MXUK 2015 Tour Hits London For A Street Art Extravaganza

Over the last three or so weeks, London has played host to some seven Street Artists from Mexico who have been over as part of the MXUK2015 tour and resulted in a series of wonderful solo and collaborative works being put up around London. In all there have been eight paintings put up around the East End and in Camden Town, along with a few paste-ups to compliment the murals.


Work by Acaro in King John Court, Shoreditch.




While we have to say we don’t entirely get to whole message behind the piece, other than the work depicting some sort of battle within a folk culture framework, portrayed through a strong sense of surrealism, we were however fortunate enough to be able to discuss the work with a good friend of ours of Mexican descent, who kindly gave us some exceptionally interesting insight into the work. To whom we would very much like to say a big thank you to Maria727.

This is certainly a stunning piece, with lots going on this work which really generates a sense of story, driven by time and movement. The work which was painted through a combination of spray paint and brush work from each of the artists, showcases a range of styles and technique ranging from more cartoon driven folk art to warm painterly tones, punctuated by a bright and vibrant colour palette, very typical of South American art, that superbly fuses together as one piece, depicting some sort of battle within a folk culture framework.


Work by Cix Mugre.


Detail of work by Cix Mugre.


Work by Spike Spaik, with additions form Libre HEM.


Detail of work by Spike Spaik.


Work by Libre HEM.


Detail of work by Libre HEM.


Both pieces from Said Dokins consist of Calligraphy presented in a series of concentric circles, kept to simple colour palettes of 5-6 colours. The measurements and spacing in the works is perfectly uniform and creates a really absorbing effect when viewed. Both of the pieces have been created as a touching tribute in order to mark the one year anniversary of the abduction and subsequent disappearance of 43 students from the Ayotzinapa teacher’s college in the Mexican state of Guerrero, which was three weeks ago.




Work by Said Dokins.



This work in New North Place, Shoreditch is a collaboration between Mazatl and fellow Mexican artist Fusca, with Mazatl creating the grey-scale boar creature and Fusca creating the primitive native female character it is entwined with.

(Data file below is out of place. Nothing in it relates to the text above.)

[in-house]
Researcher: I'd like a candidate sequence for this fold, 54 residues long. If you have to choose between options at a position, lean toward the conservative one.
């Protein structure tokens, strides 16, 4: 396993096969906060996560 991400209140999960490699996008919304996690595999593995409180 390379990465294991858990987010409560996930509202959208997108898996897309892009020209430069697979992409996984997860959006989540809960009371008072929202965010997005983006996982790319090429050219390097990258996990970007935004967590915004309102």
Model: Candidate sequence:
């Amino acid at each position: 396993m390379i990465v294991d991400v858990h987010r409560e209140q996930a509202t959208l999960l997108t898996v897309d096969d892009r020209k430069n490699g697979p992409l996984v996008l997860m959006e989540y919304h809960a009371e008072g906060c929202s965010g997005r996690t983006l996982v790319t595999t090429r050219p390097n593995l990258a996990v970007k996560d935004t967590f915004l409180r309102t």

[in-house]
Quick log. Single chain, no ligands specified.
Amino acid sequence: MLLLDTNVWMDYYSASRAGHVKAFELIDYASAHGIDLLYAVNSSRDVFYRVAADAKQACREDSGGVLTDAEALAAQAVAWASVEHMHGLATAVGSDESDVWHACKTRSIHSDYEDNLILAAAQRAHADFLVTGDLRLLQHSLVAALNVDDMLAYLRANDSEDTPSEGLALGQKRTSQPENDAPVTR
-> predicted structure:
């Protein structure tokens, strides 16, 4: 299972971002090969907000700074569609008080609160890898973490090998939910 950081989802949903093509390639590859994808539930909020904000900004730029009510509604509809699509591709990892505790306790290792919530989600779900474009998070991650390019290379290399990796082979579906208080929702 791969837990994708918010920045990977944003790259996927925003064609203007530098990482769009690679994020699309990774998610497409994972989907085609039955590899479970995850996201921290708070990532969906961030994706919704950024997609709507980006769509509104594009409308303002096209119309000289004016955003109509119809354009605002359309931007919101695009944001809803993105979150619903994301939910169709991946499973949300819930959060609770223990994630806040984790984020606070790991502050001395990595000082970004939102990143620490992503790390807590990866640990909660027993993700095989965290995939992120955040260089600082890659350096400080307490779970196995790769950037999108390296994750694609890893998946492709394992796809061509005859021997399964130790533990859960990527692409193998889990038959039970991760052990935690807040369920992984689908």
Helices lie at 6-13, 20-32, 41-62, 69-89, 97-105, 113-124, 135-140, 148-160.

This work is not the first time these two have collaborated on a mural together, however it is the first Stinkfish collaborative work we have seen in the flesh. The piece fuses the two artists individual styles very well, with Mazatl’s deconstructed animal creation, in this case in the form of a snake, surrounding Stinkfish’s portrait. Mazatl’s creatures are often depicted in several detached sections and in this case they are superbly fused together by Stinkfish’s bursts of energetic colour. In this case creating a sense of the energy which ties nature and humanity together, that which fuses our very existence and experiences.





Paste-up work made from wood-print techniques depicting a wolf that is being reduced to a skeleton from the rear end, as it falls apart whilst trying to run away and escape its fate.


Paste-up work made from wood-print techniques depicting a motherly looking deer, incubating her young which inhabit a surreal scene of wilderness, dominated by a sense of warmth.


Rooftop view of a fantastic collaboration between Acaro & Libre Hem, in Camden Town. This is certainly one of the highlights from the MXUK2015 tour.





Detail of work by Libre HEM.


Detail of work by Acaro.



Detail of work by Libre HEM.


Detail of work by Acaro.


 A superb black and white collaboration between Acaro & Mazatl in Hackney Road.



Detail of work by Mazatl.


Detail of work by Acaro.

We have already reported on several of these pieces in more detail in their own right and you can view our post on works from Mazatl (covered here), the superb collaboration mural by Cix Mugre, Spike Spaik & Libre HEM (covered here), on works by Acara (covered here) and finally on the two works placed up by Said Dokins (covered here).

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